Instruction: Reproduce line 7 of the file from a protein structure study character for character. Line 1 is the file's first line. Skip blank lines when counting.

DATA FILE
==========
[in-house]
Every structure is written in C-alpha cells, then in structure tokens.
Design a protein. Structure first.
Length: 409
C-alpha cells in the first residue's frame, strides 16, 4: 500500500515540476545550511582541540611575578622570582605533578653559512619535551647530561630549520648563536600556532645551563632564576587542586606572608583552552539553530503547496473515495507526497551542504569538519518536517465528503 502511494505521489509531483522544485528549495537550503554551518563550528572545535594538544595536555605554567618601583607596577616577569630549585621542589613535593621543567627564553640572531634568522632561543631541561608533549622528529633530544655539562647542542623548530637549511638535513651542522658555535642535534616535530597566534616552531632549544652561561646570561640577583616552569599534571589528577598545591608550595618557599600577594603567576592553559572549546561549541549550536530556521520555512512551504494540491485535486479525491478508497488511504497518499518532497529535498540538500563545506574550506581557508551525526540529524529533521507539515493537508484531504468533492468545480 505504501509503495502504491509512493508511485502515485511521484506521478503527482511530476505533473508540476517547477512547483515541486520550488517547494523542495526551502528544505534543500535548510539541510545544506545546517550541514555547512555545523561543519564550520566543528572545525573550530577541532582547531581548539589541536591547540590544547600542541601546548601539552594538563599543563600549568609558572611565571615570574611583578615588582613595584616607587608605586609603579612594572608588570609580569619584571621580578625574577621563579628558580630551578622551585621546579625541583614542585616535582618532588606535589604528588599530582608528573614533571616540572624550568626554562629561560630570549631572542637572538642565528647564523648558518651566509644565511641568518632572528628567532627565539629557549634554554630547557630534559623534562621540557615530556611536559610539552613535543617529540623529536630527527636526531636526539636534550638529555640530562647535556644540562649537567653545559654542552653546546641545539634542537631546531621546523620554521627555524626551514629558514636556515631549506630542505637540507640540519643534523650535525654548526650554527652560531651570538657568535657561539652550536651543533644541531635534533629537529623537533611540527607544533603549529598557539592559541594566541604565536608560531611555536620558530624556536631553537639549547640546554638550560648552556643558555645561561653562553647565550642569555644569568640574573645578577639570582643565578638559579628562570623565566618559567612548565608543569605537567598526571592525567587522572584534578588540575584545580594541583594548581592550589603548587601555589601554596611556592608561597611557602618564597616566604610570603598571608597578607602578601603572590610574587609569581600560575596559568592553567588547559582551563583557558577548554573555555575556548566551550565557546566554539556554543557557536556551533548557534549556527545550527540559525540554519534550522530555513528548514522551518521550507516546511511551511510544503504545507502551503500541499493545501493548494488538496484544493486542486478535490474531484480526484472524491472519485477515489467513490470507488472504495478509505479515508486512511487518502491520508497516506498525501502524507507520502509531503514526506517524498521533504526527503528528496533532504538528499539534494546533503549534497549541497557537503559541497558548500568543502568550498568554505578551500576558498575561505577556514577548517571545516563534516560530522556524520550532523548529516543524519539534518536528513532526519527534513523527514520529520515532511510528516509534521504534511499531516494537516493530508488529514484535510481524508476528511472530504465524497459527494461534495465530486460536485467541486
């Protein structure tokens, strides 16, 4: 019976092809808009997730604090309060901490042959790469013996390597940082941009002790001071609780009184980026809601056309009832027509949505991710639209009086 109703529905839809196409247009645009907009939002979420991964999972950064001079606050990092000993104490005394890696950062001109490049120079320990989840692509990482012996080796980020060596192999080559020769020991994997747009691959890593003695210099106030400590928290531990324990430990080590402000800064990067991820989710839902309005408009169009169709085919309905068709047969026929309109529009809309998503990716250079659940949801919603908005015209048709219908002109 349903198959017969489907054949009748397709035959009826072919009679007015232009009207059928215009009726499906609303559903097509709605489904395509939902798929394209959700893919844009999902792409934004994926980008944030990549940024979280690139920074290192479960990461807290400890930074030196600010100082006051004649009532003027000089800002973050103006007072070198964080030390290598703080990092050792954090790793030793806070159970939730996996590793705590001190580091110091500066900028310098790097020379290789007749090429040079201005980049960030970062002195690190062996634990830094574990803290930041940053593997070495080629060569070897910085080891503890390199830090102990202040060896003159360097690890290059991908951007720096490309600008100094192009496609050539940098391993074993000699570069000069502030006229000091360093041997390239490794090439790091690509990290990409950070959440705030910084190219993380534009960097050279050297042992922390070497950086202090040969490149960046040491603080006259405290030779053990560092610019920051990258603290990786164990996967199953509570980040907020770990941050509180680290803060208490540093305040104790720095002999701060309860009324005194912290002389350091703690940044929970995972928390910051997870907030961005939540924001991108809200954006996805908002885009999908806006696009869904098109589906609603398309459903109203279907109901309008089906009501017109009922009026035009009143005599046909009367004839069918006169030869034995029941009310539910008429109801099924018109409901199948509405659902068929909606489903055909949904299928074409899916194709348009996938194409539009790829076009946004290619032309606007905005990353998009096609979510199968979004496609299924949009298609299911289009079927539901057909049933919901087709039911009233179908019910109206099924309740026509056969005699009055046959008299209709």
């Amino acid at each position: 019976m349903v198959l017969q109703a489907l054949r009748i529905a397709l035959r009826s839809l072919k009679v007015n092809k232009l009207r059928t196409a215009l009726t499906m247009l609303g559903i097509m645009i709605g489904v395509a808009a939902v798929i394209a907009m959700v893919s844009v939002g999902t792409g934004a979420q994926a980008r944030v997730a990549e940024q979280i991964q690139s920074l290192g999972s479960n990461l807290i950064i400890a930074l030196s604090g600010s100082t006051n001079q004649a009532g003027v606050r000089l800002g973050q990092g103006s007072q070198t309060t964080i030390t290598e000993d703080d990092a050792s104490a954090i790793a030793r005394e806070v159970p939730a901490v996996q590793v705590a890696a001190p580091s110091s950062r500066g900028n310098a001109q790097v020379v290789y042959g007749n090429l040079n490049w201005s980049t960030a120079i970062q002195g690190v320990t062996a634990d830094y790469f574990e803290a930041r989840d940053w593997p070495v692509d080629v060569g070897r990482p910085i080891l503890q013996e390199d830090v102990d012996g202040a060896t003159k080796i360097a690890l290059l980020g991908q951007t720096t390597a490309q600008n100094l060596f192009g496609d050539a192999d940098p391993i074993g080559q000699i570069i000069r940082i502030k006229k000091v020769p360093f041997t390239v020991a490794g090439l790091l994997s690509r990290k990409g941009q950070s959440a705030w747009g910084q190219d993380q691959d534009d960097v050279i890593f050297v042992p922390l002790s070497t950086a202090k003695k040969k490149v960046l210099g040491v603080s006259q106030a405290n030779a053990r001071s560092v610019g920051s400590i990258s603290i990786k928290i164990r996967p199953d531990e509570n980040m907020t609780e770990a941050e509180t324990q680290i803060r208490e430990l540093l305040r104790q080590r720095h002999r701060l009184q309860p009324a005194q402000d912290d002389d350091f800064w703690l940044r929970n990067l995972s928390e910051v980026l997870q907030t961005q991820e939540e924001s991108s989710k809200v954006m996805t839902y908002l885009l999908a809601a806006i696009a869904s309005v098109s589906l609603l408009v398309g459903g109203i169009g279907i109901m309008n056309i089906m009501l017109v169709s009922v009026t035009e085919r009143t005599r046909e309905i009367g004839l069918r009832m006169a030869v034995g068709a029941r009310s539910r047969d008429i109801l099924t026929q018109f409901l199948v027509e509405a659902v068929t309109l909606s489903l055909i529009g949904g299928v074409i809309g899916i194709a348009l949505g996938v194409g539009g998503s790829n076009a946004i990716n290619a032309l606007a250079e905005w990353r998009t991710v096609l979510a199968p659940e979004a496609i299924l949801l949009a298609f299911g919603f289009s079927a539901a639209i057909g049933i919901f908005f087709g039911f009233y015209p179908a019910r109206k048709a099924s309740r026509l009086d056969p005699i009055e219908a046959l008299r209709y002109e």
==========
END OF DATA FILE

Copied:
């Amino acid at each position: 019976m349903v198959l017969q109703a489907l054949r009748i529905a397709l035959r009826s839809l072919k009679v007015n092809k232009l009207r059928t196409a215009l009726t499906m247009l609303g559903i097509m645009i709605g489904v395509a808009a939902v798929i394209a907009m959700v893919s844009v939002g999902t792409g934004a979420q994926a980008r944030v997730a990549e940024q979280i991964q690139s920074l290192g999972s479960n990461l807290i950064i400890a930074l030196s604090g600010s100082t006051n001079q004649a009532g003027v606050r000089l800002g973050q990092g103006s007072q070198t309060t964080i030390t290598e000993d703080d990092a050792s104490a954090i790793a030793r005394e806070v159970p939730a901490v996996q590793v705590a890696a001190p580091s110091s950062r500066g900028n310098a001109q790097v020379v290789y042959g007749n090429l040079n490049w201005s980049t960030a120079i970062q002195g690190v320990t062996a634990d830094y790469f574990e803290a930041r989840d940053w593997p070495v692509d080629v060569g070897r990482p910085i080891l503890q013996e390199d830090v102990d012996g202040a060896t003159k080796i360097a690890l290059l980020g991908q951007t720096t390597a490309q600008n100094l060596f192009g496609d050539a192999d940098p391993i074993g080559q000699i570069i000069r940082i502030k006229k000091v020769p360093f041997t390239v020991a490794g090439l790091l994997s690509r990290k990409g941009q950070s959440a705030w747009g910084q190219d993380q691959d534009d960097v050279i890593f050297v042992p922390l002790s070497t950086a202090k003695k040969k490149v960046l210099g040491v603080s006259q106030a405290n030779a053990r001071s560092v610019g920051s400590i990258s603290i990786k928290i164990r996967p199953d531990e509570n980040m907020t609780e770990a941050e509180t324990q680290i803060r208490e430990l540093l305040r104790q080590r720095h002999r701060l009184q309860p009324a005194q402000d912290d002389d350091f800064w703690l940044r929970n990067l995972s928390e910051v980026l997870q907030t961005q991820e939540e924001s991108s989710k809200v954006m996805t839902y908002l885009l999908a809601a806006i696009a869904s309005v098109s589906l609603l408009v398309g459903g109203i169009g279907i109901m309008n056309i089906m009501l017109v169709s009922v009026t035009e085919r009143t005599r046909e309905i009367g004839l069918r009832m006169a030869v034995g068709a029941r009310s539910r047969d008429i109801l099924t026929q018109f409901l199948v027509e509405a659902v068929t309109l909606s489903l055909i529009g949904g299928v074409i809309g899916i194709a348009l949505g996938v194409g539009g998503s790829n076009a946004i990716n290619a032309l606007a250079e905005w990353r998009t991710v096609l979510a199968p659940e979004a496609i299924l949801l949009a298609f299911g919603f289009s079927a539901a639209i057909g049933i919901f908005f087709g039911f009233y015209p179908a019910r109206k048709a099924s309740r026509l009086d056969p005699i009055e219908a046959l008299r209709y002109e």